During the past several decades, favorable trends in lipid levels have occurred among adults in the United States [25]. For example, the mean levels of TC declined from 206 to 196 mg/dL between 1988 to 1994 and 2007 to 2010. Additionally, the mean concentrations of LDL-C declined from 129 to 116 mg/dL during 1988-1994 and 2007–2010. On the contrary, compared to the result from the 2002 China National Nutrition and Health Survey, unfavorable trends in lipid levels have occurred among adults in Shenzhen [26]. It is in consistent with the general increase in the mean levels of serum lipid (including: TC, TG, LDL-C) in China with the increasing urbanization and changes in lifestyle [22]. These findings showed important public health implications, which might explain the recent rapid increase in cardiovascular disease burdens in Shenzhen [13].

The prevalence of high TC (14.49 %) and high LDL-C (12.13 %) found in this study were significantly higher than average Chinese national standards (9.0 % and 6.5 %, respectively), whereas the prevalence of low HDL-C (8.82 %) was significantly lower than the national average (22.30 %) [22]. High TC is one of the common lipid disorders in western countries. With the economic growth and the increasing popularity of western foods in Shenzhen, an increasing number of people have changed their dietary patterns. For example, they may choose to consume a more westernized diet, which is high in fat and cholesterol. Therefore, it may be the main contributor to the high TC in Shenzhen. Compared with studies carried out in some other regions, the prevalence of dyslipidemia components in Shenzhen were lower than those in Shanghai [24], Delhi [14], and Turkish [1], but a higher prevalence of high TC or high TG, and lower prevalence of high LDL-C or low HDL-C were found in Shenzhen than in Shaoxing [12]. The reported prevalence of dyslipidemia components varied among Shenzhen, Shanghai, Delhi, Turkish and Shaoxing, depending on the information available for the given population and the diagnostic criteria used. In the present study, the most prevalent component of dyslipidemia was the increased TG with a prevalence of 16.14 %. A similar study reported that the most prominent change in serum lipids in Beijing and Guangzhou over the past 20 years was the increase in serum TG levels, which were dramatically influenced by the increased consumption of diets high in simple carbohydrates and fat [27]. However, other studies found that the major types of dyslipidemia in China and other Asian countries are low HDL-C [24, 28, 29], whereas high TC as the most common lipid disorder in Western countries [1].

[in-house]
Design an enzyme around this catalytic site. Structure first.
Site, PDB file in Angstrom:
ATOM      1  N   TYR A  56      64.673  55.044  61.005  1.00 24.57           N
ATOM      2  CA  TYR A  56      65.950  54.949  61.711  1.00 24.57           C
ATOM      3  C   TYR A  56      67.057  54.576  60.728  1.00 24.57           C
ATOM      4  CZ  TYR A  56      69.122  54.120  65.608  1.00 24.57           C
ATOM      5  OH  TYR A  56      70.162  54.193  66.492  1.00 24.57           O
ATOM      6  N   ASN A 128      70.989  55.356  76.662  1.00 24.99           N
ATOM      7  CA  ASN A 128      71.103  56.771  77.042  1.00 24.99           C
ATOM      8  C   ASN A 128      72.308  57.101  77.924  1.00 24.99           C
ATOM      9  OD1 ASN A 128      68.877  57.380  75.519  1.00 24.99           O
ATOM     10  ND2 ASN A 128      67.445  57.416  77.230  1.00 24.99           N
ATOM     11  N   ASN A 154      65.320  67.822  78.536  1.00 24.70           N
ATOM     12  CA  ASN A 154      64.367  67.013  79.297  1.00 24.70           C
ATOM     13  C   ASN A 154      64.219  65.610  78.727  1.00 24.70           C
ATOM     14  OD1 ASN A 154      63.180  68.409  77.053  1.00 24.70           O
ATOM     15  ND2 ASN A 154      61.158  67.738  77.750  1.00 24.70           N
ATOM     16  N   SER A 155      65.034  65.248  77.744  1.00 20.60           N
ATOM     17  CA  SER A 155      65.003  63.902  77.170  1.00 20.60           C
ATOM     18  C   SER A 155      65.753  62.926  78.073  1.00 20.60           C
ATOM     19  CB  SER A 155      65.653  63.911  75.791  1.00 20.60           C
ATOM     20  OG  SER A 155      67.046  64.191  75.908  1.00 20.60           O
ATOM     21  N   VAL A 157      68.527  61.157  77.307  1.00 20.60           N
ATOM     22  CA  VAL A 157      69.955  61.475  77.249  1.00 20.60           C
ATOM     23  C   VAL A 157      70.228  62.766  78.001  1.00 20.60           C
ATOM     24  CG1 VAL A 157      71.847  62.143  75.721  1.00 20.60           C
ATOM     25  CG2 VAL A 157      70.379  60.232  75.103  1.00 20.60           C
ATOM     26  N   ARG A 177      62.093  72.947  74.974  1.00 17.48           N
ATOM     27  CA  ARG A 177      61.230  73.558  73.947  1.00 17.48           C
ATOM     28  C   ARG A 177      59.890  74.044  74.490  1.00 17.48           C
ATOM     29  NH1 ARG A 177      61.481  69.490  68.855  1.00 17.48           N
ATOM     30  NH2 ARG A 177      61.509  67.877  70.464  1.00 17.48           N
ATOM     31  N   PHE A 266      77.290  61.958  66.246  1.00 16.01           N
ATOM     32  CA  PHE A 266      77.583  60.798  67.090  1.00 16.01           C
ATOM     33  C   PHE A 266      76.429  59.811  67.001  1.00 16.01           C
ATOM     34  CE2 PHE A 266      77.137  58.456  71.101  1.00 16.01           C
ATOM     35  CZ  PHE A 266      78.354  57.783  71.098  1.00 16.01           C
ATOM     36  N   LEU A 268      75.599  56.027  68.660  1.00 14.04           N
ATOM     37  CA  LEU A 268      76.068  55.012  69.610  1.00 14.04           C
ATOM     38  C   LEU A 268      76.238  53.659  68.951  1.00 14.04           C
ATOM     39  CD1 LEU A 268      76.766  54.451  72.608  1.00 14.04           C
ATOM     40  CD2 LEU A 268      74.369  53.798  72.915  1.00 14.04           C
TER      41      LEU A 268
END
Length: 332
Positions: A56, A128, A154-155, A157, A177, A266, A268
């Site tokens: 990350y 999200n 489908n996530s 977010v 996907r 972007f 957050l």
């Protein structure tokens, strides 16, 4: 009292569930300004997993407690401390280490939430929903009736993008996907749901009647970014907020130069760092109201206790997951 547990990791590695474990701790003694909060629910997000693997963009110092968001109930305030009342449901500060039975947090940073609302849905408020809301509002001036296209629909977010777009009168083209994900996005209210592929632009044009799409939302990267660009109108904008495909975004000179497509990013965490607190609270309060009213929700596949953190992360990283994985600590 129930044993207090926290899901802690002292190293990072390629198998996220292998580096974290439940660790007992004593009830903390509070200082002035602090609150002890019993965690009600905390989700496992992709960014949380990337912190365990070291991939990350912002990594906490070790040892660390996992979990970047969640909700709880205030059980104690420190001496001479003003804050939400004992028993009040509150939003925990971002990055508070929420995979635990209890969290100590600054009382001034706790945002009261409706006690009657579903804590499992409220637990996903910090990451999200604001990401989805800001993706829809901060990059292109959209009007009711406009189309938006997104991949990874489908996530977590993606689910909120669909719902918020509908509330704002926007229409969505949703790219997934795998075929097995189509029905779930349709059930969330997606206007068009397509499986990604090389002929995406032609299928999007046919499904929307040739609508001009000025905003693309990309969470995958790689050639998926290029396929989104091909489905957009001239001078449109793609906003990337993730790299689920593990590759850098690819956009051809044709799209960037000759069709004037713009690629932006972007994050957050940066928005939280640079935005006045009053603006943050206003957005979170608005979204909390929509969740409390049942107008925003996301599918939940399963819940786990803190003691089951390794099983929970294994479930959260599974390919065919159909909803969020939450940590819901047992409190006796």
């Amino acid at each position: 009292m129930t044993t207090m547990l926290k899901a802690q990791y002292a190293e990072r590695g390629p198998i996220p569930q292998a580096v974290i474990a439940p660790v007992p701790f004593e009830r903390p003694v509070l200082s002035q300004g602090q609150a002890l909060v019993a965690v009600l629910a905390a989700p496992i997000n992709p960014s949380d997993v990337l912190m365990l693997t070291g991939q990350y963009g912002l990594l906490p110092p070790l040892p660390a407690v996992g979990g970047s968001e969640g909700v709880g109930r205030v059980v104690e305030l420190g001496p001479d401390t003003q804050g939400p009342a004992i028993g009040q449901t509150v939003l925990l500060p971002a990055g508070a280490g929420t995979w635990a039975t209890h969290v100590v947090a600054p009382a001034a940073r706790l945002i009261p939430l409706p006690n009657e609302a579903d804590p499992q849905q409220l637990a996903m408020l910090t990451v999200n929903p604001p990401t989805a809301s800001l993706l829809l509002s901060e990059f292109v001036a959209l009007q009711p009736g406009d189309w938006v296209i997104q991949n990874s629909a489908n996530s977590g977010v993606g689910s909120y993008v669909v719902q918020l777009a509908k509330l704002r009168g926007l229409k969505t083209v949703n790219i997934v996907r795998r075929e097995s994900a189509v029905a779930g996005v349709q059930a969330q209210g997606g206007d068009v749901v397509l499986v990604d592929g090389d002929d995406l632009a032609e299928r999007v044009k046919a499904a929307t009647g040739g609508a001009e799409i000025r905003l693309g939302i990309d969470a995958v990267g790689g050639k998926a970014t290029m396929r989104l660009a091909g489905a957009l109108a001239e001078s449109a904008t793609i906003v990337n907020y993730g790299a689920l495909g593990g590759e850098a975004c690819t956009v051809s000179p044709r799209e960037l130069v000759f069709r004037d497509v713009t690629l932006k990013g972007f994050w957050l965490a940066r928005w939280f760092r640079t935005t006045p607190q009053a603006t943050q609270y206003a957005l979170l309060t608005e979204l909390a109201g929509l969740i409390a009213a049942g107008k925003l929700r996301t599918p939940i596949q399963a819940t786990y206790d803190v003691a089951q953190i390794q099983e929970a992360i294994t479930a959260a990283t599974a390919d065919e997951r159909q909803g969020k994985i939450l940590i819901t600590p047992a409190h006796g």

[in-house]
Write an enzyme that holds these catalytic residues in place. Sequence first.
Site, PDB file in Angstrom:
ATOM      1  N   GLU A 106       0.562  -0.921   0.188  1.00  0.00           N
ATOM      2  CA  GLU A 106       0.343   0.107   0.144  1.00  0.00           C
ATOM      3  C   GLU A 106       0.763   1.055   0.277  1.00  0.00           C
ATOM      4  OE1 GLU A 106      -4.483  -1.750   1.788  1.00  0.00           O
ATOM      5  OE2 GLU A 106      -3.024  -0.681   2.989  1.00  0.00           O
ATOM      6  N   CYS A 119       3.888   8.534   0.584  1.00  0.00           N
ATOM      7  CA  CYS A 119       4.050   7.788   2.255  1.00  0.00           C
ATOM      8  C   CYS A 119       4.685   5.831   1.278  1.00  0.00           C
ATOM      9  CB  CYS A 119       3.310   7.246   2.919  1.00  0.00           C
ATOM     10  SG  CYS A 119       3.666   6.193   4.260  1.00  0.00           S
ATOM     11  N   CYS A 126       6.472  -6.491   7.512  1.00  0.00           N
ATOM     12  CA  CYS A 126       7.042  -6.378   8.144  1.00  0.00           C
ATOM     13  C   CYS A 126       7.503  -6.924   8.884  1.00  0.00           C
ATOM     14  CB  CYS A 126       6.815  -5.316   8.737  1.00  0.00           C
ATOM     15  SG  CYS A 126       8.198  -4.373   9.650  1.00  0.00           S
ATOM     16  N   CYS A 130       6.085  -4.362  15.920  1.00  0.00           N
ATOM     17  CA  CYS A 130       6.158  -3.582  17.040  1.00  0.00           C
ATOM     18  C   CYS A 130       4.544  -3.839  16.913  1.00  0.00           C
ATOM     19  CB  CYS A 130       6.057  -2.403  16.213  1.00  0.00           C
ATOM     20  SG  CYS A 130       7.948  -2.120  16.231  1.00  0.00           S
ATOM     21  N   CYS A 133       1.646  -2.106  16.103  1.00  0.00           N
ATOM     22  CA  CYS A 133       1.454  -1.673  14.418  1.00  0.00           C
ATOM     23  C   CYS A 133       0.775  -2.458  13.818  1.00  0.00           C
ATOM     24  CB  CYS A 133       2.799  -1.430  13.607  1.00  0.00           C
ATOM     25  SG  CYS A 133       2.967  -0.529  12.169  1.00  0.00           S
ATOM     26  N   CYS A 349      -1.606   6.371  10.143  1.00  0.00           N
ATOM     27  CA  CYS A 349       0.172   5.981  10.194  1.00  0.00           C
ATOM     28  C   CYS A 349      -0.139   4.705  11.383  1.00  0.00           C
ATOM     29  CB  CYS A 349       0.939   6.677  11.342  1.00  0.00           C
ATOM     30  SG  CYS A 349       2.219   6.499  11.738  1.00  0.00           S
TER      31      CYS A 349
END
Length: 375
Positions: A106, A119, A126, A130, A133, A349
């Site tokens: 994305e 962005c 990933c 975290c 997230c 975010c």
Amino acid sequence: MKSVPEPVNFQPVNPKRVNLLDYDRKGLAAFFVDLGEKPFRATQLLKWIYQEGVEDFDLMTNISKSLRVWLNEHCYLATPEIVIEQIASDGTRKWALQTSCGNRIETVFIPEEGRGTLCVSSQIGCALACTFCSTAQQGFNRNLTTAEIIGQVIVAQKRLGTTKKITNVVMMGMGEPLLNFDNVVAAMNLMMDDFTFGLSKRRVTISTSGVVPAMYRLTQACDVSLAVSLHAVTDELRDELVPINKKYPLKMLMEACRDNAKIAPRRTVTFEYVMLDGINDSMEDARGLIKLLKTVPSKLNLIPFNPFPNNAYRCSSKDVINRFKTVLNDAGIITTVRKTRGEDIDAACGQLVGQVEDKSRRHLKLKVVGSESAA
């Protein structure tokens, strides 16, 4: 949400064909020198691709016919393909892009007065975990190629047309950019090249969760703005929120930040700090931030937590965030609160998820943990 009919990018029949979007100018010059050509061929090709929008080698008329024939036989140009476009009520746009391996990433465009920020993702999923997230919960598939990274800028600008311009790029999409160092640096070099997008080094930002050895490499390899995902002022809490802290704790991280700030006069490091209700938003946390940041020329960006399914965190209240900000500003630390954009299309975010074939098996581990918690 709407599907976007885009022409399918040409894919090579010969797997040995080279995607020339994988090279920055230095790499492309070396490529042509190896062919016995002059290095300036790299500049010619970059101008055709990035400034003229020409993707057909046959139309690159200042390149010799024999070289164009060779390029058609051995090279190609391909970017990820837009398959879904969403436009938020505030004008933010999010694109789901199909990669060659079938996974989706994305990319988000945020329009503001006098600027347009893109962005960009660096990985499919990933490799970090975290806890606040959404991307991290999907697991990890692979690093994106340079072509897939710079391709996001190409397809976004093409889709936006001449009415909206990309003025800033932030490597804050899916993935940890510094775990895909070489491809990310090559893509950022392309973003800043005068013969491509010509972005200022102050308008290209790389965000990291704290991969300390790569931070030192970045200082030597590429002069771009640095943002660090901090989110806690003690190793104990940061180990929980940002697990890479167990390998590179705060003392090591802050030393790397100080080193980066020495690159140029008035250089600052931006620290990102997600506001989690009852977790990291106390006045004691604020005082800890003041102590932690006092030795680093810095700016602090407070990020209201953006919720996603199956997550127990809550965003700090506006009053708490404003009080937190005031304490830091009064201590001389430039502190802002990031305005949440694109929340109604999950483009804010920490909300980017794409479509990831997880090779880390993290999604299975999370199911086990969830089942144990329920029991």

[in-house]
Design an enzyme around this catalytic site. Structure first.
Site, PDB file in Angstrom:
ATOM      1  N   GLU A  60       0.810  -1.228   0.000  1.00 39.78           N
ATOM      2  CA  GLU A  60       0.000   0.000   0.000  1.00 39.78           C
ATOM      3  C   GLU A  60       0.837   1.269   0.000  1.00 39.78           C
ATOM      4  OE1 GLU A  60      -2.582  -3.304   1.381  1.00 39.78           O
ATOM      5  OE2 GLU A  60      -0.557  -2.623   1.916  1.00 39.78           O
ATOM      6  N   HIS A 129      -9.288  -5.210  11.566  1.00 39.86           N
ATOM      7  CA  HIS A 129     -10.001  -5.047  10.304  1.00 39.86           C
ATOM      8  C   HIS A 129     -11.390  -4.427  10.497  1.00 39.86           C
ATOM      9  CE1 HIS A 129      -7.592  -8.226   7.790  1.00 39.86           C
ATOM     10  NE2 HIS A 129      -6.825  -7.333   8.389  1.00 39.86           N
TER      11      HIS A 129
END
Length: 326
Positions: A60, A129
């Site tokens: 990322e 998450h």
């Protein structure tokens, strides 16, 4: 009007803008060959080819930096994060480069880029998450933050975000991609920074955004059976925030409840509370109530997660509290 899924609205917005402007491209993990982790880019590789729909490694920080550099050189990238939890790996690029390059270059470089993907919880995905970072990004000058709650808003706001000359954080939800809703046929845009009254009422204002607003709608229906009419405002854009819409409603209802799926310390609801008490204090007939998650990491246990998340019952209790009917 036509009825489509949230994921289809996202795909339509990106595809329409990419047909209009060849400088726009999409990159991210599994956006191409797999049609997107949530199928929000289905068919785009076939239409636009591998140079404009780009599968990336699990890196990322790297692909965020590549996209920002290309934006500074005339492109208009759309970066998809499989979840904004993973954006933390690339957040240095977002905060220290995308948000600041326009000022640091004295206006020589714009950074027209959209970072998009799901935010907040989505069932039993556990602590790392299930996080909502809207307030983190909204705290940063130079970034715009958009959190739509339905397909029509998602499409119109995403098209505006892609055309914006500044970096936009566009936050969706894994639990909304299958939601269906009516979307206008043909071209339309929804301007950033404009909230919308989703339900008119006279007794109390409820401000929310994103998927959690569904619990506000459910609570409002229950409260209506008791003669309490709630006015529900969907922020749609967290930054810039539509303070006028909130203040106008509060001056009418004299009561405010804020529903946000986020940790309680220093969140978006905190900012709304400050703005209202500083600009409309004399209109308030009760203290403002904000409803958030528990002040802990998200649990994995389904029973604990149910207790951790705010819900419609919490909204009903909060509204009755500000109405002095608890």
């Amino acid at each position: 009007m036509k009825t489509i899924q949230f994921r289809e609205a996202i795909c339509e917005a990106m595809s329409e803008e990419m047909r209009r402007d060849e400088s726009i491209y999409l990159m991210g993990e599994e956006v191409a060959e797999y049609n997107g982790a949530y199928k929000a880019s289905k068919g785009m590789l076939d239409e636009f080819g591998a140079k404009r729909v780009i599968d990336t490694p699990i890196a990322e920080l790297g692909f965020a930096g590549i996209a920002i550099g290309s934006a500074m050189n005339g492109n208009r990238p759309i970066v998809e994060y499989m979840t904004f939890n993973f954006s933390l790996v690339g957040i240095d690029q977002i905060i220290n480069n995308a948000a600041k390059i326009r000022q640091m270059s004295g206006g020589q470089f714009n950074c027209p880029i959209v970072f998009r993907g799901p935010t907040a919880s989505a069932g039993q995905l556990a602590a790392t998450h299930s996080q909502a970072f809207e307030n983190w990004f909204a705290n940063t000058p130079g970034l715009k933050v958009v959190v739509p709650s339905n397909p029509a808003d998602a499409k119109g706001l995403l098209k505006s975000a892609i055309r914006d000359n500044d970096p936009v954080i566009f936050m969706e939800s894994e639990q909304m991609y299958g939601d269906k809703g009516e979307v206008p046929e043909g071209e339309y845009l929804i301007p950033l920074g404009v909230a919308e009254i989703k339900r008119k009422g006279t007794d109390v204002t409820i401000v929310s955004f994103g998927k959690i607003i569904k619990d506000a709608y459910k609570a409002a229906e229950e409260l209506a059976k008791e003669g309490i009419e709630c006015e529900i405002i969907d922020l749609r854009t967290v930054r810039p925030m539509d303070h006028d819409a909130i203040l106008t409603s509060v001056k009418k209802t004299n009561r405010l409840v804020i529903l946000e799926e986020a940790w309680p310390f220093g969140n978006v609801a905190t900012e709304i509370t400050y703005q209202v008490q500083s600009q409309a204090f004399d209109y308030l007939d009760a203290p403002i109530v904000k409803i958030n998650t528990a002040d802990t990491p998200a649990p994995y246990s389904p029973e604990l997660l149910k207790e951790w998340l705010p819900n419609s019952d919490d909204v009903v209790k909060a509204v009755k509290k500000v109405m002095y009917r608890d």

The prevalence of dyslipidemia in our study was partially comparable to figures reported in previous epidemiological studies [10, 12, 24]. For example, in a cross sectional study with a representative sample of 5,761 Chinese adults aged from 18 to 79 years, 35.40 % of the subjects had dyslipidemia [10]. In addition, in a recent study on 11,877 Shaoxing residents aged 20 years or older, the age standardized prevalence of dyslipidemia was 25.80 % (the age standardized dyslipidemia prevalence in Shenzhen was 25.98 %) [12]. Our results, together with other study, confirmed that the prevalence of dyslipidemia is increasing in Shenzhen [22, 26]. Notably, the rate of awareness documented in this survey is lower than those recently reported from cross sectional study conducted in Beijing, and elsewhere during the same periods [30, 31]. It is obviously that Shenzhen is going to experience a large increase in the prevalence of cardiovascular disease, if reasonable and effective control measures not taken.